by Emma Murphy, Master Gardener (Twitter @Hey_MzEmma)
It’s an unfortunate reality. We live in Canada and we get snow, lots of snow. And then there’s the ice. So our industrious public works folks are out there putting down road salt (sodium chloride) and sand to keep us moving. We also apply salt or sand on paths and walkways on our property. Unfortunately it seeps into the soil and kills plant roots. Road salt mixed with melted snow creates a mist that blows on to our properties, especially when cars splash through melted snow. Having lost a few very nice plants to a combination of huge snowbanks and road salt, I was curious about what plants can survive (and maybe flourish) in a front garden that inevitably gets doused in road salt.
What Does Road Salt Do?
The negative effects of road salt on humans and the natural environment have been well documented. The Smithsonian magazine has two great articles on the subject.
The Hidden Dangers of Road Salt What Happens to All the Salt We Dump on the Roads?
Road salt doesn’t just dissolve into thin air. It splits into sodium and chloride ions and gets absorbed into roadside plants, licked up by wildlife or accumulates in aquatic ecosystems—sometimes with devastating consequences. All that saltiness can help invasive or even toxic species spread, not to mention increase traffic danger due to deer and moose drawn to salt-covered roads. (From a gardening perspective, if you want to deep dive into the nasty things that happen to soil structure from salts, this article by the Soil Science Society of America provides some great insight.)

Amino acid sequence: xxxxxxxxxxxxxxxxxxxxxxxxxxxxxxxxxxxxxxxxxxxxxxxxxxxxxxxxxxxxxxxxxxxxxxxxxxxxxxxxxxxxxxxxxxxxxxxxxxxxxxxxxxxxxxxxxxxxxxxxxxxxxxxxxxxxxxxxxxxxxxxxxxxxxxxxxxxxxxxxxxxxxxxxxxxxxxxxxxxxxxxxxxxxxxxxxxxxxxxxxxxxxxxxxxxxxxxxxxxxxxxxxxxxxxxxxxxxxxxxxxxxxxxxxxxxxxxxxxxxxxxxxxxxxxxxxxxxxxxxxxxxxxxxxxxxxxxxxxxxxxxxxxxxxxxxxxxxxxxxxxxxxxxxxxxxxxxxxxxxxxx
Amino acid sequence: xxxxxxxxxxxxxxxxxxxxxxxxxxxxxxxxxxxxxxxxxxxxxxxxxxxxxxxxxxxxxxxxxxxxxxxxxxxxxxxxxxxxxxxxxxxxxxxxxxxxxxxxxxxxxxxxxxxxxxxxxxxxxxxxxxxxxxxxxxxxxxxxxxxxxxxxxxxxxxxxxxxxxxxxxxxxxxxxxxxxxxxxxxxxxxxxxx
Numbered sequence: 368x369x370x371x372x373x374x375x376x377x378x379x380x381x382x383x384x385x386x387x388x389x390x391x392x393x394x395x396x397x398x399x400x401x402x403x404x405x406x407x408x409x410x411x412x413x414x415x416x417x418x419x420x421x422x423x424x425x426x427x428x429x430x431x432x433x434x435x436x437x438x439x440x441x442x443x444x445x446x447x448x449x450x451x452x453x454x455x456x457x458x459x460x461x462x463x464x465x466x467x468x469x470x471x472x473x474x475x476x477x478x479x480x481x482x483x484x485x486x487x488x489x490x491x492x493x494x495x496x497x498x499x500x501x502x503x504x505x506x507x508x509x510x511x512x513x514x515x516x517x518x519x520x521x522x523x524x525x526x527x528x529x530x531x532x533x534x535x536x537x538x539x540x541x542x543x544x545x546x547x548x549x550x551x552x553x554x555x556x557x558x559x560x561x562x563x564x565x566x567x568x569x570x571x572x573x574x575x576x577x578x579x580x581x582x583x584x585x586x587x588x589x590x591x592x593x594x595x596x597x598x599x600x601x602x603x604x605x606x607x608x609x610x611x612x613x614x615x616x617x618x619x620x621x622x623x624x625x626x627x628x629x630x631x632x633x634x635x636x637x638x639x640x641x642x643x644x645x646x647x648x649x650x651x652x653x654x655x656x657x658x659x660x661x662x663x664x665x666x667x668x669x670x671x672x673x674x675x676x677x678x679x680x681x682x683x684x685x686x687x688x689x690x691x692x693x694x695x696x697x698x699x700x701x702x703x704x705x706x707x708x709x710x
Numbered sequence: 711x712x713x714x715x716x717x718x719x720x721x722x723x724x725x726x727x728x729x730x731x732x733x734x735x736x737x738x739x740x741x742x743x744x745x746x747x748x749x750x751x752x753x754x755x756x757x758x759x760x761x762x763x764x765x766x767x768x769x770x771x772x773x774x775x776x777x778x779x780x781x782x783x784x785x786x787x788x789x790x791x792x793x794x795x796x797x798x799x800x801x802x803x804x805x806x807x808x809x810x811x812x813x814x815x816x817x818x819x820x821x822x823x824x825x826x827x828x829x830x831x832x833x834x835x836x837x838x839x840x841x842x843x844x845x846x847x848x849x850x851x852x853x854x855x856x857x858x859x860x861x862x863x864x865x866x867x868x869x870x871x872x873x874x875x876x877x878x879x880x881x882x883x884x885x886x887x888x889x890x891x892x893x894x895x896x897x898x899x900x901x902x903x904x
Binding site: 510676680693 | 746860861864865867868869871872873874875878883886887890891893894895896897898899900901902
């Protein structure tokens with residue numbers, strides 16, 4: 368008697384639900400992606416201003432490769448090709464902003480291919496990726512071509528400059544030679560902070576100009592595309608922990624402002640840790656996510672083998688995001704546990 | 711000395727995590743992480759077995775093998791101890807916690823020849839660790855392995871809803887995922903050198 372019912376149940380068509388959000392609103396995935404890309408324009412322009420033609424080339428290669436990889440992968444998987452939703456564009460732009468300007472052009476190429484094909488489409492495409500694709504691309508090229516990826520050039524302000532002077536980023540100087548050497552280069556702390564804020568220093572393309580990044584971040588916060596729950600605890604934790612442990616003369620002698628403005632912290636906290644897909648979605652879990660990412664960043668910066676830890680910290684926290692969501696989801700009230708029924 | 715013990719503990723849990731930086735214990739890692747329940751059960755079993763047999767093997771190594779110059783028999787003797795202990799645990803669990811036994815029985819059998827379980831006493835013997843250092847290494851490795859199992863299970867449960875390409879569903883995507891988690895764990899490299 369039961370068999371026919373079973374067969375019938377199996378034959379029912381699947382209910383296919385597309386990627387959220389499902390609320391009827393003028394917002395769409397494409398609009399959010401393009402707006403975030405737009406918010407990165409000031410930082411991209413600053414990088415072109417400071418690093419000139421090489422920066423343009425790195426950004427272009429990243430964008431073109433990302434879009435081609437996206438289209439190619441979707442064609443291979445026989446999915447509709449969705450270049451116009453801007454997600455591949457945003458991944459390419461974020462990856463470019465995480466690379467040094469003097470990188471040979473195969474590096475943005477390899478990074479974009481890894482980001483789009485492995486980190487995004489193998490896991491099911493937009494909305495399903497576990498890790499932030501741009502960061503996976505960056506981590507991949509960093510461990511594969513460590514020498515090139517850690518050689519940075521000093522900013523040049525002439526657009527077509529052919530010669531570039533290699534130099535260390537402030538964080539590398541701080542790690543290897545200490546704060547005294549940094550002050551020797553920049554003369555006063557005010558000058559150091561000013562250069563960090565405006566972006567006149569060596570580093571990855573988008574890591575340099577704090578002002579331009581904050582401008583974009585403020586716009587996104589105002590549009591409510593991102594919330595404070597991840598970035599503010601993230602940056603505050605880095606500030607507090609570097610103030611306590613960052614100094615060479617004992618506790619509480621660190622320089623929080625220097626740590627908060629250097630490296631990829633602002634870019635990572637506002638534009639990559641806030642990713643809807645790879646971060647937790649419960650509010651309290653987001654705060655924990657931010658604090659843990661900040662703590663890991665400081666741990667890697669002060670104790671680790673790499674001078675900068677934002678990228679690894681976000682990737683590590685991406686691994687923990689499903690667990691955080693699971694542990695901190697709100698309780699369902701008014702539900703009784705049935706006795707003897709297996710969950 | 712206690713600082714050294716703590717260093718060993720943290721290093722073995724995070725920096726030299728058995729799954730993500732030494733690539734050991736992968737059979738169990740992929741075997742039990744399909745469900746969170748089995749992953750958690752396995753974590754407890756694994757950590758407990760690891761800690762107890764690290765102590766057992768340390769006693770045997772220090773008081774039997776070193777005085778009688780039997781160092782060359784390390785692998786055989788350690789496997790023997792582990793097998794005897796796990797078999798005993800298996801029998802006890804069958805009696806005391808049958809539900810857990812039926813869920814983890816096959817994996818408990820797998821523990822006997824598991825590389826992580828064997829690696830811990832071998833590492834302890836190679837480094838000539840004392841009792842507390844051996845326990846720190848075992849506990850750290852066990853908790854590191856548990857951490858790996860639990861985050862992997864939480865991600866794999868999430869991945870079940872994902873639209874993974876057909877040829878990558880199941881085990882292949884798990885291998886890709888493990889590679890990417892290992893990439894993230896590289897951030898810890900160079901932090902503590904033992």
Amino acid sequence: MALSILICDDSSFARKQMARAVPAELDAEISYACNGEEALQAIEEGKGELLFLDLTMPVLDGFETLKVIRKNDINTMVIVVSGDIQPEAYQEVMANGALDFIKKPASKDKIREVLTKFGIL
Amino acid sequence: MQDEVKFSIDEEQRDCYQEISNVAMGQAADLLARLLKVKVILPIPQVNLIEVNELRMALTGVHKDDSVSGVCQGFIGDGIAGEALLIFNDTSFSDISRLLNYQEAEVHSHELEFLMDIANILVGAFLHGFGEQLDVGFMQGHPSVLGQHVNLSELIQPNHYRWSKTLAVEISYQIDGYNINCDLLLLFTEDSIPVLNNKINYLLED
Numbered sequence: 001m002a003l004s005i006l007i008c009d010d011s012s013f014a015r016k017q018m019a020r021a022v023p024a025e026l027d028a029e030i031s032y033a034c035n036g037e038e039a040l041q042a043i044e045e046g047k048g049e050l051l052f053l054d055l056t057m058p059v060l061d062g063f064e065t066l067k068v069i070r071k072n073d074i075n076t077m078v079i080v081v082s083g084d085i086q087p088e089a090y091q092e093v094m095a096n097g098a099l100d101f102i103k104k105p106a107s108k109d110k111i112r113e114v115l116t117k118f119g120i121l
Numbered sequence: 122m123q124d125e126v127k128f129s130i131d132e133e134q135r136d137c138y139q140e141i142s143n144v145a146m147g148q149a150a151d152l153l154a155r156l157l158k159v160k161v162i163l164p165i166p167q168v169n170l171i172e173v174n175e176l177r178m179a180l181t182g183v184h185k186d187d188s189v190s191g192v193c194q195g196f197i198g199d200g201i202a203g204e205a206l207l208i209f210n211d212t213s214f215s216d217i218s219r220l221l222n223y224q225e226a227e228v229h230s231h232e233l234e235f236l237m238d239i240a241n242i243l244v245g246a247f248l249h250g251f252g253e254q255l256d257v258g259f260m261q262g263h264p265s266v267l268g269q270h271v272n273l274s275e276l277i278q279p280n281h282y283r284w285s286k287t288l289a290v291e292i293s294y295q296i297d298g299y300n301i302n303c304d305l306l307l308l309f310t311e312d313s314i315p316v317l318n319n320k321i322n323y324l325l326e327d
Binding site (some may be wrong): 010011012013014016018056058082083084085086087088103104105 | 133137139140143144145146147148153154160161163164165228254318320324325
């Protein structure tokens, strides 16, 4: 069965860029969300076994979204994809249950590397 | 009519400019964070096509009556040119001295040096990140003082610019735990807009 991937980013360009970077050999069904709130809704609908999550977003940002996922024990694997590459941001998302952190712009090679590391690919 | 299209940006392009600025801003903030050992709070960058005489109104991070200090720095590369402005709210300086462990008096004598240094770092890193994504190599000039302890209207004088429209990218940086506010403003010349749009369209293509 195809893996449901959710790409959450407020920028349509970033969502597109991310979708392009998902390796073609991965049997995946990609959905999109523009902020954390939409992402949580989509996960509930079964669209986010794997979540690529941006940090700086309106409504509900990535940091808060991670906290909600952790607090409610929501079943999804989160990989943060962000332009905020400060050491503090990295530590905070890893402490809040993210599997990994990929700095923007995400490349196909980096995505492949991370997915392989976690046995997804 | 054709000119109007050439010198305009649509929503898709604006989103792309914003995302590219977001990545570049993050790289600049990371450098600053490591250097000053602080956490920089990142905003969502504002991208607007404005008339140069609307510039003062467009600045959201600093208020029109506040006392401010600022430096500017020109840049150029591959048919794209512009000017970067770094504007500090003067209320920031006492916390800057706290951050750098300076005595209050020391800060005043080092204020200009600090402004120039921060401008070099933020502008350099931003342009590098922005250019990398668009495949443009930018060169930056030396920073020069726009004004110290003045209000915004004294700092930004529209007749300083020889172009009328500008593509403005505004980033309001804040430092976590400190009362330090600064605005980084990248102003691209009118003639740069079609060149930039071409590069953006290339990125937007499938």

What Perennials Can Handle Road Salt?
Our Savvy Gardening friend Tara Nolan (@ThatTaraNolan) (who you may remember as a speaker from our 2017 Peterborough Garden Show) recently posted a great blog post on how we can combat the road salt challenge in our gardens.
Salt-tolerant Plants that will Survive in Road Salt-laced Soil
So what are some of Tara’s favourites salt-resistant plants?
Autumn Joy Stonecrop (Sedum spectabile ‘Autumn Joy’)
Butterfly weed (Asclepias tuberosa)
Blanket Flower (Gaillardia)
Russian sage (Perovskia atriplicifolia)
‘Karl Foerster’ reed grass (Calmagrostis acutifolia ‘Karl Foerster’)
Silver mound Artemisia (Artemisia schmidtiana Silver Mound)
Some other ones I found doing an Internet search:
Rugosa roses (Rosa rugosa)
Lilacs (Syringa vulgaris)
Summersweet (Clethra alnifolia)
Lady’s Mantle (Alchemilla mollis)
So, if your garden is looking less than wonderful due to winter salt damage, try some of these options!